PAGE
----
CReATE re-launches with new focus, larger selection

September 30, 2013 by Sue Reeves

By Storee Powell, UATP

Image of Larry O'Sullivan

Larry O’Sullivan

Larry O’Sullivan spent 30 years as a professional photographer in Australia, shooting everything from weddings to aerial pictures, but was forced to leave the Down Under after late complications from a Vietnam War injury led to an above-the-knee double amputation a few years ago.

“I’d passed my ‘use by’ date in Australia, but aging and retirement is not synonymous with not having something to do,” O’Sullivan said. “America is the land of potential and accessibility – you can be anything you want to be.”

CReATE, Citizens Reutilizing Assistive Technology Equipment, is a non-profit that helps Utahns with disabilities be more independent by providing low-cost mobility equipment. Wheelchairs and scooters are donated from the community, and cleaned and refurbished to manufacturer standards by a technician. O’Sullivan read about CReATE in the newspaper and knew it was his answer to finding a power chair, or as he calls the assistive technology devices, ‘fast speed chairs.’ The devices are hard to come by in Australia, he said.

“Here, I can go cross-country and only carry an emergency kit on my chair. The chair I got from CReATE has given me independence,” O’Sullivan said.

Mobility is essential to a good quality life and independence, but as baby boomers age and medical insurance does not always meet a consumer’s needs, the demand for affordable mobility equipment increases.

Devices from CReATE generally cost less than $500, and the program doesn’t require proof of disability or insurance. All Utahans are welcome to utilize the program, which began as a concept more than 15 years ago.

Program coordinator Alma Burgess, said, “We knew this need existed after working with the public through the Utah Assistive Technology Program at the Center for Persons with Disabilities.”

The program officially began in 2007 as a certified 501c (3), and is housed at the Utah State Office of Rehabilitation in the Judy Ann Buffmire building.

CReATE has undergone logistical changes, and will re-open to the public October 1st with an emphasis on quick service and a good selection of mobility devices.

“We’ve learned a lot the first few years of CReATE’s existence,” Burgess said. “We are streamlining the process, working closely with other non-profits and state agencies, and trying to get the word out.”

The re-opening event will kick-off at 2 p.m. with a presentation to raise awareness about the program. O’Sullivan and other previous device recipients will talk about receiving their wheelchairs and how they are now using them. Devices will be showcased, and CReATE staff will highlight the process of receiving or donating a chair and the future goals of the program.

Following the presentation will be an open house with CReATE partner UCAT (Utah Center for Assistive Technology) to promote the assistive technology services available to Utahns.

O’Sullivan said, “I am not good at being housebound, and now I can make my own ends meet here,” he said. “My father said life is a magnificent adventure, and I want to be here as long as there are adventures to live for.”

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Students spend spring break at the CPD

March 29, 2013 by Sue Reeves

Image of two woman working on wheelchair

Katie Johnson (left) and Alisha Voigt pull usable parts from at donated wheelchair at CReATE.

Spring break is traditionally the time when college students, particularly those from colder climates, head south for fun in the sun. For many, there will be a beach involved.

But eight students from the College of St. Benedict and St. John’s University in central Minnesota instead chose to spend their free time at Utah State University’s Center for Persons with Disabilities, doing volunteer work, learning about the culture in Utah and spending time with people served by CPD programs. Most had no experience interacting or working with people with disabilities.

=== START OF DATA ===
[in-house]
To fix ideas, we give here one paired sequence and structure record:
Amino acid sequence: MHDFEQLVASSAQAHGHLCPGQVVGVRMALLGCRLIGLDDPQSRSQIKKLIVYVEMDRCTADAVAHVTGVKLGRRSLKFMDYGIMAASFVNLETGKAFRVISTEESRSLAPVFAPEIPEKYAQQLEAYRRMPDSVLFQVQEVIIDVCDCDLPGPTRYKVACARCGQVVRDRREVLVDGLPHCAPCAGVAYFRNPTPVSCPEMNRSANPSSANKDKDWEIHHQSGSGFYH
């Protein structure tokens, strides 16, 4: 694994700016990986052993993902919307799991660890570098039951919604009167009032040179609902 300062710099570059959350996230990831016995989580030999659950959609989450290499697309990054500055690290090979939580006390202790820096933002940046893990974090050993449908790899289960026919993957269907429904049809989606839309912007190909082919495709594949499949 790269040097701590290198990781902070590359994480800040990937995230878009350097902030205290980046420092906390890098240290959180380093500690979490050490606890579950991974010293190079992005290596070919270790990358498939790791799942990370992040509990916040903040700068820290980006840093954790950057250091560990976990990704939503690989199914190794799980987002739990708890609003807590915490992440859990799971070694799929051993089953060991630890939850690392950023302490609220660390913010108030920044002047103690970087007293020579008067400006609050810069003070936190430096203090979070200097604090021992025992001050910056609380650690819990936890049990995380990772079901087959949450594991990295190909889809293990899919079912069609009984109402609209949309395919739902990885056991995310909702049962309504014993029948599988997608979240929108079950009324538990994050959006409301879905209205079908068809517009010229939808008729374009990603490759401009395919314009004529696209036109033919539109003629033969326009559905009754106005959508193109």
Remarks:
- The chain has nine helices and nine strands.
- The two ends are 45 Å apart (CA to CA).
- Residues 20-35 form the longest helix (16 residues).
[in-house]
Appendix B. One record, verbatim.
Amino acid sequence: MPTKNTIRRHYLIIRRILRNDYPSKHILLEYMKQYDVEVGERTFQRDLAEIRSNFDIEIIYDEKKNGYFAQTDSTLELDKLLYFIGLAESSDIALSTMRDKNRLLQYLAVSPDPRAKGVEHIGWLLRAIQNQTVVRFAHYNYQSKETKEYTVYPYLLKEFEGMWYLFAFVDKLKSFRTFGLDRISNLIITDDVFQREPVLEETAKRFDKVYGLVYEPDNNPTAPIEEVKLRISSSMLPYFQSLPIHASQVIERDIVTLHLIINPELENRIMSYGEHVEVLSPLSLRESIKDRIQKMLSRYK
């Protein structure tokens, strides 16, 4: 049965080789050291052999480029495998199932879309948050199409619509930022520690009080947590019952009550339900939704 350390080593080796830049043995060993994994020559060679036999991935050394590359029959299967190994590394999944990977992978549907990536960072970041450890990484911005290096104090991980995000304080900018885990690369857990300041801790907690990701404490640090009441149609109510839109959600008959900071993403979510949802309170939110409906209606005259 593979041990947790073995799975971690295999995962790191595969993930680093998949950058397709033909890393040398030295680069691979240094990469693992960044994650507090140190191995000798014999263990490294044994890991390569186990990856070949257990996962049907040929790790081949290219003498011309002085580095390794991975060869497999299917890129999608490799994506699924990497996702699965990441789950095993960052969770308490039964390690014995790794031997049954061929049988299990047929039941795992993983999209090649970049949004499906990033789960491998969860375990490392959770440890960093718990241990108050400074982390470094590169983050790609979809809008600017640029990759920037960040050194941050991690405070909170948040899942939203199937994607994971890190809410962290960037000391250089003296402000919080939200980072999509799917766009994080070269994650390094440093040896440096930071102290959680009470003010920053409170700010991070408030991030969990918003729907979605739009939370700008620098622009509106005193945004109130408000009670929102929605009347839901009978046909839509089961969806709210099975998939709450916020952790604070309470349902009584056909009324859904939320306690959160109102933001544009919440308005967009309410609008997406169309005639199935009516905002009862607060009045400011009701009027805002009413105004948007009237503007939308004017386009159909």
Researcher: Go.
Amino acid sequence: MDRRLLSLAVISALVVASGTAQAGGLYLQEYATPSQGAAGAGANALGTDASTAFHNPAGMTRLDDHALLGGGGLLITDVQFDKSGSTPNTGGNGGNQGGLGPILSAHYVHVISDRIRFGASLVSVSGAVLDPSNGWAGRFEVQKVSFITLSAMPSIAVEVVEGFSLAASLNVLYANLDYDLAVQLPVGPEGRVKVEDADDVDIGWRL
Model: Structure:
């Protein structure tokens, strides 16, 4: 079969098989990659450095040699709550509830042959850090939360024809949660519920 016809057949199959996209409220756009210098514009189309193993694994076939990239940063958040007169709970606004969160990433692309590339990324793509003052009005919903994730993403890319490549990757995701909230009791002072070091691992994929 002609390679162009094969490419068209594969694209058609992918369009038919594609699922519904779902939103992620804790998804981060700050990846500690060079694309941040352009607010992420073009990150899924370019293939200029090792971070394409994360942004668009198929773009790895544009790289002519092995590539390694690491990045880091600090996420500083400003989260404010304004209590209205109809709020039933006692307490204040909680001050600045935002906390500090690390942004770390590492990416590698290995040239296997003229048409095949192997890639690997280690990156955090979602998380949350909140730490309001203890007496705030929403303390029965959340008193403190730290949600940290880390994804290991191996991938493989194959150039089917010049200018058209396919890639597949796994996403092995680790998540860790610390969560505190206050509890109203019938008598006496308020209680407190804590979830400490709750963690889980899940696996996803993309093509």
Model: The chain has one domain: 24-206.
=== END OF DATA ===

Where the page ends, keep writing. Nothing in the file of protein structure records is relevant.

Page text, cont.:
This is the fourth year that college students from outside of Utah have traveled to the CPD to volunteer, and the second year in a row for CSB/SJU students participating in their schools’ Alternative Break Experience (ABE).

This week, the students boarded two vans and headed to Salt Lake City to do some work at CReATE, or Citizens Reutilizing Assistive Technology Equipment. CReATE is an initiative of the CPD’s Utah Assistive Technology Program  now housed at the Utah Center for Assistive Technology.

CReATE refurbishes donated mobility equipment like power wheelchairs and scooters, then provides them to people who need them at a much lower cost than new.

According to program coordinator Alma Burgess, the program serves people who don’t have a lot of money, or who may have used up all of their insurance or Medicaid benefits.

“We take a device, or maybe two or three, and take them apart and put them together to make one device,” Burgess said. “If a donated device can’t be refurbished at a reasonable price, it gets recycled.”

Nothing goes out the door for more than $500, said Burgess, and half of that cost is usually batteries for the device. The money that is collected from consumers is called a service fee, and covers the technician’s time for cleaning and refurbishing the device, as well as any new parts that must be purchased.

It’s a significant savings when new power chairs can cost up to $30,000 or more, he said.

Zachary Thompson works 24 hours a week at CReATE, and until recently, picked up donations and made deliveries in addition to refurbishing equipment. With his time so limited, Thompson relies on volunteers like the CSB/SJU students to help keep the warehouse organized and maintained.

From left: Erin Spelz, Kaylee Larson and Shannon Lane move a power chair in the CReATE warehouse.

From left: Erin Spelz, Kaylee Larson and Shannon Lane move a power chair in the CReATE warehouse.

Last year, volunteers from CSB/SJU and from Grand Valley State University in Michigan gave the equivalent of three weeks’ worth of Thompson’s hours to CReATE.

On Wednesday, the students untangled battery charger cords and wrapped them with zip ties, removed battery cables from junk batteries and stripped usable parts from chairs destined for the recycling center. They also cleaned out a storage area and moved some shelving units.